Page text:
Using the \hyphenblockcquote like in What's the advantage of using csquotes over using an editor's auto-replacement for "? seems (for a bloody beginner) not persistent. Inside the same section (another subsection, see below) the 'blockquote' changes into a kind of USenglish 'style'.

enter image description here


\usepackage[utf8]{inputenc} % for writing other that basic characters
\usepackage[UKenglish, USenglish]{babel}
\usepackage{csquotes} % blockquotation and other.
\usepackage{enumitem} % enumerate [1], [2],.. http://ctan.org/pkg/enumitem

% Include any extra LaTeX packages required
\usepackage[authoryear, numbers, comma, sort&compress]{natbib}  % Use the "Natbib" style for the
                                                                % references in the Bibliography

\usepackage{verbatim}  % Needed for the "comment" environment to make LaTeX comments
% \usepackage{vector}  % Allows "\bvec{}" and "\buvec{}" for "blackboard" style bold vectors in maths


       author = {Walton, Douglas},
       title = {Using Argumentation Schemes for Argument Extraction: A Bottom-Up Method},
       journal = {Int. J. Cogn. Inform. Nat. Intell.},
       issue_date = {July 2012},
       year = {2012},



\chapter{TeXperiments} % history of the jetpak

\section{Argumentation Theory}
\hyphenblockcquote{**UKenglish**}[p. 5]{emeren1996}{Argumentation is a verbal and social activity
of reason aimed at increasing (or decreasing) the acceptability of a controversial standpoint
for the listener or reader, by putting forward a constellation of propositions intended to
justify (or refute) the standpoint before a rational judge.}

\subsection{Walton's Argument Schemes}
Walton proposed the analysis of arguments with \textit{presumptive argumentation schemes}
\citep[p. 3]{walton1996}.

\hyphenblockcquote{**UKenglish**}[p. 34]{walton2012}{Argumentation schemes represent stereotypical
patterns of reasoning used in everyday conversational argumentation, as well as in a variety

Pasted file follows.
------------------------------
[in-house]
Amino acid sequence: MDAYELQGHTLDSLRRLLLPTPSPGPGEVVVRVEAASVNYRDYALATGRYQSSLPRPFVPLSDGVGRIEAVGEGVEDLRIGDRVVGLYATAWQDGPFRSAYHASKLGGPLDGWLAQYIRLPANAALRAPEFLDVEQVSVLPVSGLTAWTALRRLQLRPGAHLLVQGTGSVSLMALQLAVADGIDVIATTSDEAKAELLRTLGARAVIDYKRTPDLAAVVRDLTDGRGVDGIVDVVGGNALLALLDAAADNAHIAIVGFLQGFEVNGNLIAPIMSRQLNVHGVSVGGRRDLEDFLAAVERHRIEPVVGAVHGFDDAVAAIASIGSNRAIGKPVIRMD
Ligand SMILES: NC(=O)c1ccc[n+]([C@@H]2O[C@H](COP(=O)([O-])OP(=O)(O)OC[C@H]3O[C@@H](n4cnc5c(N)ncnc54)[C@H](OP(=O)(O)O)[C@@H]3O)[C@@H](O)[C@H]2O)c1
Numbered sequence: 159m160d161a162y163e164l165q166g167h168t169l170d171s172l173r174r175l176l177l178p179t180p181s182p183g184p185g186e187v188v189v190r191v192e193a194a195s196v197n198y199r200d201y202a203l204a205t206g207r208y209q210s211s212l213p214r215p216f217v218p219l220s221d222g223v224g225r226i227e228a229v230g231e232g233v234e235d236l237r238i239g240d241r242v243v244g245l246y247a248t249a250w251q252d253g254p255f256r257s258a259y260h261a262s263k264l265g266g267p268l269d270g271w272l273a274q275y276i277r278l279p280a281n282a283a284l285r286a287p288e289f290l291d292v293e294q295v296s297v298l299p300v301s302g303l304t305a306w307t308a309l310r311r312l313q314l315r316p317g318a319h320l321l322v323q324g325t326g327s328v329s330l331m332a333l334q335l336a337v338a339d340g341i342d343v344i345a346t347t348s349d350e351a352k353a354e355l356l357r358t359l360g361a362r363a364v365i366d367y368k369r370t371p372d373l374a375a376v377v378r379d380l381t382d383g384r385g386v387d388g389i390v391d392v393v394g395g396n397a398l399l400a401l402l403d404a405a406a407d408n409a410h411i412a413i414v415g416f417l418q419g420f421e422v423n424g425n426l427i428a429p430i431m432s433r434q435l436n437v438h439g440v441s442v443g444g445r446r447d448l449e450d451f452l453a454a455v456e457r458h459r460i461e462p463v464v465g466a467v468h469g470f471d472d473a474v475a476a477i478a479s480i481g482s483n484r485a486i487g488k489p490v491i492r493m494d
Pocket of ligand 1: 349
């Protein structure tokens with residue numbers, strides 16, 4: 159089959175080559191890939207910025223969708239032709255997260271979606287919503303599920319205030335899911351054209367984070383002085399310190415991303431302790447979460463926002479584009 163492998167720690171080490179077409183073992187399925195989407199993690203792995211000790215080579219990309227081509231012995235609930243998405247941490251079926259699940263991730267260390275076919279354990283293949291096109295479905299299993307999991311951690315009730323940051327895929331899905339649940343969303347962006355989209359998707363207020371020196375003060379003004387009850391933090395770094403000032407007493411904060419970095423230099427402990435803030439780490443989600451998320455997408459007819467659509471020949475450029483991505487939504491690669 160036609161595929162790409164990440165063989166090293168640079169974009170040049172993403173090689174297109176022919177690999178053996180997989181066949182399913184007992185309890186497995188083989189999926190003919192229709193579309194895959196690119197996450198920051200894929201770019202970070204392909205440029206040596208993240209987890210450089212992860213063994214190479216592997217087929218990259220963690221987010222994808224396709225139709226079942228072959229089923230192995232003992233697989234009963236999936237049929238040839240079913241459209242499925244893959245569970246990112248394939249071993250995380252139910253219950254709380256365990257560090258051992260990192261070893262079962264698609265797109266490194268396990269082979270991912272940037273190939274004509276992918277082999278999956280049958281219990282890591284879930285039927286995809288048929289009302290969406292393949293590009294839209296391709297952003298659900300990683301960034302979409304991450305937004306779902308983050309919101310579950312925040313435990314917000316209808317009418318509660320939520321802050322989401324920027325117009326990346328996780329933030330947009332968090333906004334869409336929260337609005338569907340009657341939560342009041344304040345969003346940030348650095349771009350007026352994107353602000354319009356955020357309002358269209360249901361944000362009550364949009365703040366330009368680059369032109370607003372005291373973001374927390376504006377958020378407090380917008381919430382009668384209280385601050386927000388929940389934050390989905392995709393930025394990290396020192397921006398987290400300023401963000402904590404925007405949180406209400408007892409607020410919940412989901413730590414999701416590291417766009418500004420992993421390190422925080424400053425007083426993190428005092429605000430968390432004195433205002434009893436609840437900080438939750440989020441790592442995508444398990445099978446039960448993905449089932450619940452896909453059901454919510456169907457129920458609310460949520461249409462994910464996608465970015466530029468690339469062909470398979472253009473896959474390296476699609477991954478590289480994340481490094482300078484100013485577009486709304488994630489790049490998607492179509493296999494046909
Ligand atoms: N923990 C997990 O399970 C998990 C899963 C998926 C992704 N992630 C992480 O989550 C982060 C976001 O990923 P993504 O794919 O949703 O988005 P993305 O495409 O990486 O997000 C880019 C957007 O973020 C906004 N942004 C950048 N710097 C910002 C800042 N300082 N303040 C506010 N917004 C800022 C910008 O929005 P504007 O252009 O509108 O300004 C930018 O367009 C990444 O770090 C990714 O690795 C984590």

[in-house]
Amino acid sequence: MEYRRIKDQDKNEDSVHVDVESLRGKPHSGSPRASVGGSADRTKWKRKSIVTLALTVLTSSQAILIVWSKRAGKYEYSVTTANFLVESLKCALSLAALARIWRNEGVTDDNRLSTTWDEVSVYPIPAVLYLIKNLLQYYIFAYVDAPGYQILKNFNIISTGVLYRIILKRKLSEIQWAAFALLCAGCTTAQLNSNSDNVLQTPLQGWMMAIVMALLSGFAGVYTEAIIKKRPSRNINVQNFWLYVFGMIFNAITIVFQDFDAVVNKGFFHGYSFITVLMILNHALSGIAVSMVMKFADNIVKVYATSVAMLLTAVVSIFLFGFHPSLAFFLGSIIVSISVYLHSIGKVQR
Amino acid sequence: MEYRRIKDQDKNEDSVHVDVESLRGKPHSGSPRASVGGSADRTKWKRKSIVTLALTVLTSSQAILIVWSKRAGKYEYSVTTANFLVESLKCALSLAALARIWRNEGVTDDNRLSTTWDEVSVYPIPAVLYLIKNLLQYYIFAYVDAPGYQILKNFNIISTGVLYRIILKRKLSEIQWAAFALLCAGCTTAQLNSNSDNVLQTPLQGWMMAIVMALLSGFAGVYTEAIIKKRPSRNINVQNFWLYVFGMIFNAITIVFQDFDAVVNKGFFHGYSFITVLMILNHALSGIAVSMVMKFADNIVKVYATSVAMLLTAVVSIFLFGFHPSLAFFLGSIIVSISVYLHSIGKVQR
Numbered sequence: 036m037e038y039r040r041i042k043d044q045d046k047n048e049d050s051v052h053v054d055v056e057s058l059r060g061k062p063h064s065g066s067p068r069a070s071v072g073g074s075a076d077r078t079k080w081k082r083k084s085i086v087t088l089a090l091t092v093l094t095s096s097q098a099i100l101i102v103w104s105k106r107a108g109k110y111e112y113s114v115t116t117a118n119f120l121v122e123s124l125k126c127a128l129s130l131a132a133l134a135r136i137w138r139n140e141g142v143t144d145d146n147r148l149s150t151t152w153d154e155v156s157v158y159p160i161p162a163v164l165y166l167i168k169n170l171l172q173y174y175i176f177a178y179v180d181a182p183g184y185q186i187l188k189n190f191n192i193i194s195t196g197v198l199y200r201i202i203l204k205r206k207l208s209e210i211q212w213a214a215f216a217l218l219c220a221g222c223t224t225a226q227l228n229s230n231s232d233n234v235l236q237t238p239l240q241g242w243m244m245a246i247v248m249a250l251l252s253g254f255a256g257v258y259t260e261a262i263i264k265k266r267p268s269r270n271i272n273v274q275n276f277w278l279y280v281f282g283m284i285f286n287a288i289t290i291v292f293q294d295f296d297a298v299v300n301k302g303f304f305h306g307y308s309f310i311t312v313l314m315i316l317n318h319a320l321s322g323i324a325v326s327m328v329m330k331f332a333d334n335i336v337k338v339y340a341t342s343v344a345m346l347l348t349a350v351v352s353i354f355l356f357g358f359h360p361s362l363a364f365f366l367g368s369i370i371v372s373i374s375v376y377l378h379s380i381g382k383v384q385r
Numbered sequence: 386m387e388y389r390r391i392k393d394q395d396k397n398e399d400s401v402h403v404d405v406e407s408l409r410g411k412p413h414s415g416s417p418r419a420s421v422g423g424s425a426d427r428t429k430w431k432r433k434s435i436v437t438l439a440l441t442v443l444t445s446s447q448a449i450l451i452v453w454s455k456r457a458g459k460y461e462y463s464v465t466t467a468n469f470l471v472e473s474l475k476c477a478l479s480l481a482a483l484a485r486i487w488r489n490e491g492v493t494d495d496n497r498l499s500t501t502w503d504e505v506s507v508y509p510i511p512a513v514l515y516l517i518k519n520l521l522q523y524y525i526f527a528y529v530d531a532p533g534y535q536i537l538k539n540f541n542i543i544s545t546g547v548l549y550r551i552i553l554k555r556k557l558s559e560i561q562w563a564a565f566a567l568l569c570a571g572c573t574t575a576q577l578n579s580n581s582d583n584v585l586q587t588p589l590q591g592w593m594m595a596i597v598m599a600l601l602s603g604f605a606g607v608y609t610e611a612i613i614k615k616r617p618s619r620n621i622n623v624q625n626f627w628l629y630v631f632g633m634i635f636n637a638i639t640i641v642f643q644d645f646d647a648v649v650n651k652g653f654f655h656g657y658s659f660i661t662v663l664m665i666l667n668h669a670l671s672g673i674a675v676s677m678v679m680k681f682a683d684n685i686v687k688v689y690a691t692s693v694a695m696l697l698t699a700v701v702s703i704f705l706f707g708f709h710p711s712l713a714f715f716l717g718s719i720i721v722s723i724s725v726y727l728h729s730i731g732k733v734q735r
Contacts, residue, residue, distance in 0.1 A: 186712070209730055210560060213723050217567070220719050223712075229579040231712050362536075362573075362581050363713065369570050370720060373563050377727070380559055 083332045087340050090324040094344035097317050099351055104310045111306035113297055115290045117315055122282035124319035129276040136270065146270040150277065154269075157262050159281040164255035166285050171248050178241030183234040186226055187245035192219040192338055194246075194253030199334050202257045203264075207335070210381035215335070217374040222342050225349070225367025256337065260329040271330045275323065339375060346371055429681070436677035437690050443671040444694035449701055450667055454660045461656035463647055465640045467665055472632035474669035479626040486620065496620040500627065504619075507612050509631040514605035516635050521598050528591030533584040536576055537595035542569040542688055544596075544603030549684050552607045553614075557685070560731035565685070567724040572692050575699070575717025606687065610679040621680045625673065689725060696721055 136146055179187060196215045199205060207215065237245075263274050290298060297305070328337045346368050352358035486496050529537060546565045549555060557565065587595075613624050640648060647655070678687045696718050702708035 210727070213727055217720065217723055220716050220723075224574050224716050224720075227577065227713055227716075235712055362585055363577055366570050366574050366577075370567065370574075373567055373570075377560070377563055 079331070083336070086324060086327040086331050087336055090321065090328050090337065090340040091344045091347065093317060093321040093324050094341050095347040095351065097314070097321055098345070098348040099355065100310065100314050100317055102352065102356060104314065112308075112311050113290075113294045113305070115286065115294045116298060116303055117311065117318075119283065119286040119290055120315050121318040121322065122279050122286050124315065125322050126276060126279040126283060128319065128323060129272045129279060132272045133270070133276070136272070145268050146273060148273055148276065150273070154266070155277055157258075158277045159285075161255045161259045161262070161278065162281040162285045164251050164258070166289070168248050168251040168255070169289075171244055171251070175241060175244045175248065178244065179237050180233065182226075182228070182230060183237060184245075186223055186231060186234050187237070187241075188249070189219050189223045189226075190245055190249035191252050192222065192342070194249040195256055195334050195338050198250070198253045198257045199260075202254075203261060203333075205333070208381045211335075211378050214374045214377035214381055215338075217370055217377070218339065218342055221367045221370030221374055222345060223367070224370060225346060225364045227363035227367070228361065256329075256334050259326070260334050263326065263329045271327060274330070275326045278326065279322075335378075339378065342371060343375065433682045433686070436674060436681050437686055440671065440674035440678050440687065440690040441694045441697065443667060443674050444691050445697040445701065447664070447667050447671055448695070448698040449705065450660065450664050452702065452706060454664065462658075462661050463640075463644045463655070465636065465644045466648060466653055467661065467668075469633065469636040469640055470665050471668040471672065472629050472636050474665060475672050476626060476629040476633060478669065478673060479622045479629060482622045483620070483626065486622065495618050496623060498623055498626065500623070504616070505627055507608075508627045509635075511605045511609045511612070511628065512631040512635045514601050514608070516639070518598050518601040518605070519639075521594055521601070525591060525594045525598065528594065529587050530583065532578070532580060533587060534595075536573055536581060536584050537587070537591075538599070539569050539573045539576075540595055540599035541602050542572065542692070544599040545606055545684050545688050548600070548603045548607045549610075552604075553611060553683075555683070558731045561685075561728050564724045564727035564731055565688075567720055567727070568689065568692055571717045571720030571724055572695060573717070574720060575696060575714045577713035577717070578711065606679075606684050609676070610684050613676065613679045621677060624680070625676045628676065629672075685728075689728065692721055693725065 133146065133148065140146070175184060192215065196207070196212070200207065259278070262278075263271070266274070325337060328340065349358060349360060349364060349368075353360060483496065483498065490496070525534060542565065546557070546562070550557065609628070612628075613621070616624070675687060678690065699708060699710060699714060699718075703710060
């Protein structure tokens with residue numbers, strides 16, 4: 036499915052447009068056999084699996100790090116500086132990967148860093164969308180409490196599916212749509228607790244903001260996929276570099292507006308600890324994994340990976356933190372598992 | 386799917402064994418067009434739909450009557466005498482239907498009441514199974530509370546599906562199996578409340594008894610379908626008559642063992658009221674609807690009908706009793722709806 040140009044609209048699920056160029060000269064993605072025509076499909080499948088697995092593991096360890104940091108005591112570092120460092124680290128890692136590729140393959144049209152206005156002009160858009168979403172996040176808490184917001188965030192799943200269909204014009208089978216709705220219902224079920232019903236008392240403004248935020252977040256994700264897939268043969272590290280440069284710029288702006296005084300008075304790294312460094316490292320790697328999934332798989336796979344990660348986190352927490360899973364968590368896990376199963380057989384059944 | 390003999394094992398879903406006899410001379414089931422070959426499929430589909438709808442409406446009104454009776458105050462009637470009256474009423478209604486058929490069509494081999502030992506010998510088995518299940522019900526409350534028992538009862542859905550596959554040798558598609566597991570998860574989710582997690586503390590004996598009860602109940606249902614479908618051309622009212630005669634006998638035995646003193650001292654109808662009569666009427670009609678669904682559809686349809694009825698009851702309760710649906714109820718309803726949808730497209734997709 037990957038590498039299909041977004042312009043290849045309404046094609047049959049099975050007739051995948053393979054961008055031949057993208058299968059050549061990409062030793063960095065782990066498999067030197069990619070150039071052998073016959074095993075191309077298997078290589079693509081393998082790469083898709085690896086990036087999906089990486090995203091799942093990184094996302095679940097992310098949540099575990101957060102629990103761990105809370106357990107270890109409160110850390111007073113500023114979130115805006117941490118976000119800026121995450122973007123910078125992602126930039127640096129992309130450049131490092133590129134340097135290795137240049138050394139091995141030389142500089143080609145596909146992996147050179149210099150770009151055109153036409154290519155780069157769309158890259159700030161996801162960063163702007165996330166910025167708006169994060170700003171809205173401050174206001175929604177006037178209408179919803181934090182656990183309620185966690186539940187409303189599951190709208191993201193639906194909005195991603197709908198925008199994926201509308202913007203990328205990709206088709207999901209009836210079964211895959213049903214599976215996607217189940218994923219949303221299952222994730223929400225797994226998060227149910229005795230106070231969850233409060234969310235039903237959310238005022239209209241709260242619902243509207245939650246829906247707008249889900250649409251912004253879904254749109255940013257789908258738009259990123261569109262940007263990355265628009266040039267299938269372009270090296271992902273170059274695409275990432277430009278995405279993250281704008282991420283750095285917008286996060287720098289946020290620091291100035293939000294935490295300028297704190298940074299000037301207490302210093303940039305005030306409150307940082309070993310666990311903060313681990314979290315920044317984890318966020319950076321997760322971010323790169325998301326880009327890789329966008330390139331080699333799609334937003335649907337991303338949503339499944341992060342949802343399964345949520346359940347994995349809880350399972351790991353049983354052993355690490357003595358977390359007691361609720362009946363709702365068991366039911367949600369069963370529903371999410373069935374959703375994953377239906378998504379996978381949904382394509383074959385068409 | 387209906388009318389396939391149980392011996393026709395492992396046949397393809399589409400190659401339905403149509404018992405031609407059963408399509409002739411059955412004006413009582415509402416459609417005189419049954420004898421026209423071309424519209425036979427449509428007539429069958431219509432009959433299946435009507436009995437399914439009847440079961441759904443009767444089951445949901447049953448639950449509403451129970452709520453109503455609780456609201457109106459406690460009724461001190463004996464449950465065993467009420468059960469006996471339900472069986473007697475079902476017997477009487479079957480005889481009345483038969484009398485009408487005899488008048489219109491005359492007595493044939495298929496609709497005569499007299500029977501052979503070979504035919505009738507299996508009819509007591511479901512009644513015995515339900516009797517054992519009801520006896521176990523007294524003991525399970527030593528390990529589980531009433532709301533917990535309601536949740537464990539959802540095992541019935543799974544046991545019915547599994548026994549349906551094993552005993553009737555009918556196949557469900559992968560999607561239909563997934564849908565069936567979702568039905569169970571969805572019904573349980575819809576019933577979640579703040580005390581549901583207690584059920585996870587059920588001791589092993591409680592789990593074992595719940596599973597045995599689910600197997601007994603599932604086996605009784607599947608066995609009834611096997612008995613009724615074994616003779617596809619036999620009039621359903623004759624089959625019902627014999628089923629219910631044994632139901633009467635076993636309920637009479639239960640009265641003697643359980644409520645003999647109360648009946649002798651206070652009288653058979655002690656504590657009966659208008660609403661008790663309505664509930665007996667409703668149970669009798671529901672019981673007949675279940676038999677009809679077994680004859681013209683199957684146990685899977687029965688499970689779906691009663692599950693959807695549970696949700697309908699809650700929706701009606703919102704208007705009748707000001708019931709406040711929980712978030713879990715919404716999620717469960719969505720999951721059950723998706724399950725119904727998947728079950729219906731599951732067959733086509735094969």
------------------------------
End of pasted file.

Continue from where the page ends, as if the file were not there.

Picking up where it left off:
of other contexts as well, [...] that aim at a decision on what to do in given circumstances.}

  • 1
    Welcome to TeX.sx! I cannot reproduce the behavior in your picture with the MWE you provided. Both block quotes have the same format.
    – cgnieder
    Jan 31, 2014 at 17:21
  • @jon reproducible example added :)
    – alex
    Jan 31, 2014 at 18:32
  • For me the example produces American-style quotation marks (66-99) for the shorter quotes (and a indented block quote for the longer). Maybe you need to update your TeX distribution (though csquotes has been stable for quite some time).
    – moewe
    Jan 31, 2014 at 18:39
  • @jon A+! Awsome! Big Thanks! That's it. It works. Do you think it is useful to answer the question separately?
    – alex
    Jan 31, 2014 at 20:30
  • @alex You need to put the language you want as default last in the babel options: \usepackage[USenglish,UKenglish]{babel} will give you british style quotes.
    – Dan
    Jan 31, 2014 at 20:32

1 Answer 1


The package csquotes can be responsible for deciding when it is necessary to switch from an in-line quotation to a 'block' or 'display' format. For this to work, you need to use the quotation commands it provides that are designed to to this --- notably those commands that have block in their name:

  • \blockquote
  • \foreignblockquote
  • \hyphenblockquote
  • \hybridblockquote
  • \blockcquote
  • \foreignblockcquote
  • \hyphenblockcquote
  • \hybridblockcquote

Style guides tend to have their own views about how long a quotation needs to be before it must be a block quote, but csquotes defaults to threshold=3 and thresholdtype=lines, which means more than three lines of quotation will be set as a block quotation. You can change it to a word-threshold with thresholdtype=words (but then you probably don't want the threshold to be 3!).

Other important options to be aware of in this connection are:

  • parthreshold (default: true): any quotation with an explicit paragraph or line break will trigger a block quotation; and
  • csdisplay (default: false): by default, only inline quotations will be used in footnotes, parboxes, minipages, and floats.

And, of course, much of the default functionality is very customizable...


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